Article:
Oct 26, 2011

Bring me my broadsword.

I've always had a liking for cold steel weapons, and with some cheap source it's easy to make one of wood (or more, eh?). Only a few steps.

You're going to need:
  • soft wooden slats (pine does well for me, if you want to put your sword to more use make sure to choose a harder type, but it takes more work to shape the actual weapon)
  • saw - any type to cut the slats' length to measure
  • rasp and sandpaper - to shape the sword
  • cardboard - for the hilt (or whatever it's called :D) - it is as well possible to make it of wood if you've got proper equipment, but it spares a lot of time if it's made of cardboard actually;
  • scissors - to cut the cardboard paper
  • stapler and duct tape - to fix the hilt (stapler can penetrate pine, but any other tool would make)
  • (wooden) varnish and metal paint - these are optional to make the look good and the blade's lifetime longer

In this step by step presentation I'm going to show how to make a broadsword. - The basical ideas are the same if you like sabres or any curved blades more. (Obviously, my liking to broadswords comes from reading a lot of Sharpe books :) )

1. Cut your material for the future sword to the length most fit for you (or for whom you are making it :b)
Mark the end of the grip - remember to leave some space (about 1 inches) at both ends to your desired lenght because both will be worked on.

2. Shape the point and the end of the grip with the rasp. It is advised to do some filing to the grip itself to make it fit to the palm (elsewise it can be unwieldy or cause blisters)

3. Work out the edge by pulling your rasp over an acute angle at the shaped area. It doesn't need to be (and actually shouldn't be) very sharp, as the more sharp it is, the higher is the chance it will be damaged or broken. Try to keep the angle the same at every point so the surface would be even. You can do the blood drains with an old ball-point pen and a ruler (though it's not really much necessary with this type of sword).

We've gotten through the woodwork (unless you still have the will to do the hilt of wood as well). Now take the cardboard to finish the hilt.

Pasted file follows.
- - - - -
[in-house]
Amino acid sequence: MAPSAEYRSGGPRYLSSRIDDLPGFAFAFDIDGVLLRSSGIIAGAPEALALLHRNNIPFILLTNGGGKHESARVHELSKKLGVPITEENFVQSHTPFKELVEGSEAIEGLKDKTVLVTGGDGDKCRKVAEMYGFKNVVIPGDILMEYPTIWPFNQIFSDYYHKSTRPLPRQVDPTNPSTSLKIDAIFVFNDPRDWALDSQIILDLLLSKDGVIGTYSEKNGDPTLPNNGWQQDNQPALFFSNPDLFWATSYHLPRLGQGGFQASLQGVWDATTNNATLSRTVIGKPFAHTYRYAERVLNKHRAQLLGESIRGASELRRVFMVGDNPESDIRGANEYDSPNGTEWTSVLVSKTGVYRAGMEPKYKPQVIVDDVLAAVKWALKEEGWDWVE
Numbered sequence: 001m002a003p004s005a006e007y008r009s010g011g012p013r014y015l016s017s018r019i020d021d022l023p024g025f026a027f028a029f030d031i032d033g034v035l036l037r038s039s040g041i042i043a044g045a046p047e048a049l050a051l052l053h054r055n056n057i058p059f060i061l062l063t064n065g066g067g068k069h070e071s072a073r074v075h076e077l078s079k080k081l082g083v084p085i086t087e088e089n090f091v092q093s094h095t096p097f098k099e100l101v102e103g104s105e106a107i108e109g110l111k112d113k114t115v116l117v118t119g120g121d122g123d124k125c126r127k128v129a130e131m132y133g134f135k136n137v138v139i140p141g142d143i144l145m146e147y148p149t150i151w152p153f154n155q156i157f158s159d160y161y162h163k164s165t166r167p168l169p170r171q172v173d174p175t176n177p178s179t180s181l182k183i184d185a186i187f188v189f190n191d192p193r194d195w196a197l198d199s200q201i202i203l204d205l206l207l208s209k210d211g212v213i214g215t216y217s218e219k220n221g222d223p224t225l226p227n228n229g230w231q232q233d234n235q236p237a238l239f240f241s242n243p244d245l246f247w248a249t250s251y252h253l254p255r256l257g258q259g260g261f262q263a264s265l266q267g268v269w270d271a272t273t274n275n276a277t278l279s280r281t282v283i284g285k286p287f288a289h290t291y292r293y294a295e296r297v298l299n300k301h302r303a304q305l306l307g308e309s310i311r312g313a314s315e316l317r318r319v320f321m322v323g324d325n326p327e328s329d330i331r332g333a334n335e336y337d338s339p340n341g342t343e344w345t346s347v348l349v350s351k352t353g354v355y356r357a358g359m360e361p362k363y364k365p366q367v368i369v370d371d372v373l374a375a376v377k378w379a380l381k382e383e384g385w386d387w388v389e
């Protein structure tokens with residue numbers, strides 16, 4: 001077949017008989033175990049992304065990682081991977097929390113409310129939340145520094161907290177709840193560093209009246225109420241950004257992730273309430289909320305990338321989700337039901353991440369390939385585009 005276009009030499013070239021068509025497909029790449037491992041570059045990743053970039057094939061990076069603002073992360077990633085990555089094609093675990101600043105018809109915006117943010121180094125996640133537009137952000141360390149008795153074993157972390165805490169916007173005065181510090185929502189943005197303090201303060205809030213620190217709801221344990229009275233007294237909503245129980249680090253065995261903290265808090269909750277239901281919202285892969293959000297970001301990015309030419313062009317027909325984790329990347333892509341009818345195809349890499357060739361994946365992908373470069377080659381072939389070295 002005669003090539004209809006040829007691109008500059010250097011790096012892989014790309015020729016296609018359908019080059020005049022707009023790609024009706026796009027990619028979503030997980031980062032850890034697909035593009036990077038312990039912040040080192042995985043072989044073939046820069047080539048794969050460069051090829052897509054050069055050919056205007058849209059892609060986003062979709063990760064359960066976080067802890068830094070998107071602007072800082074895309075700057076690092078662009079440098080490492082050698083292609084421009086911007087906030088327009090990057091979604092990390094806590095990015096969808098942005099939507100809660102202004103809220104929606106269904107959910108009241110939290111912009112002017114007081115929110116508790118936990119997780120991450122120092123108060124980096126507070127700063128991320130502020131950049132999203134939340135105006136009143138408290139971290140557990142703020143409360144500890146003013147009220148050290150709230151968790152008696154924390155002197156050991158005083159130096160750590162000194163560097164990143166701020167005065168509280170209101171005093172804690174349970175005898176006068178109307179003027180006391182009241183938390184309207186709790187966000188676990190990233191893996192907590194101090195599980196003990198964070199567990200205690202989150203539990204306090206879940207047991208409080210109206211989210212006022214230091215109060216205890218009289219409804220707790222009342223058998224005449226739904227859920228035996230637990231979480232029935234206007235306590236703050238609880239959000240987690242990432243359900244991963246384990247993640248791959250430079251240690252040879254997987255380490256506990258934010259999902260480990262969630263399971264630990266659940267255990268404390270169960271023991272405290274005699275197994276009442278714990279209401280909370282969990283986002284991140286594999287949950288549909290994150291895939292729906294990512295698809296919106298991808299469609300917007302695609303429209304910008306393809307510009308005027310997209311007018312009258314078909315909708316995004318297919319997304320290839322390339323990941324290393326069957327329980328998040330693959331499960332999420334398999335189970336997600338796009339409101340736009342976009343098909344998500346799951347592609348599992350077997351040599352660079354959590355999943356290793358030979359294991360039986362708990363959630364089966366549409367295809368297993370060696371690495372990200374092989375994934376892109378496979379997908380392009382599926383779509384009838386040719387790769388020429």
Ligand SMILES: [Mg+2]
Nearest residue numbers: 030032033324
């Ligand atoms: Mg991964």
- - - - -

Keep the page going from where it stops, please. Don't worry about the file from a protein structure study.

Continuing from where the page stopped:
4. Cut a fitting length of cardboard - about twice the length of the grip. Width is about to be 2-2,5 inches. Cut it to some shape - optional.

5. Do cut in a bit off to some side of the paper away from the middle - make sure the cut would be longer than the width of the top and bottom of the grip as it angles the blade.

6. Cut perpendicularly to the previous one to the width of the blade. This way you've got 'flaps' with whom you can fix the hilt to the blade.

7. Fix the flaps with nails/ the stapler - bend the hilt to its desired shape

8. Add more layers of cardboard to the inside of the hilt for extra strenght, combined with duct tape.

If you're going with a wooden hilt, you may use a rectangular-shaped block of wood - with more skills and tools of carpentry a compound hilt from more pieces.

9. Paint and varnish the blade to look cool. Varnish also protects it from damages until you handle it with care. The ones made from pine aren't that long-life as one could desire I can say.

Also, when you make a two-handed sword, be aware as the pressure point where the blade and the grip meet is extremely damageable - and this is the part where you actually use your weapon to block or parry enemy strikes - I used to have a two-edged claymore and this is my saddest experience. The reason is that the opposite direction forces of the wielder and his/her opponent meet at this point - so try to strenghten it someways. The hilt on my claymore was on the two sides of the blade like on the image below.

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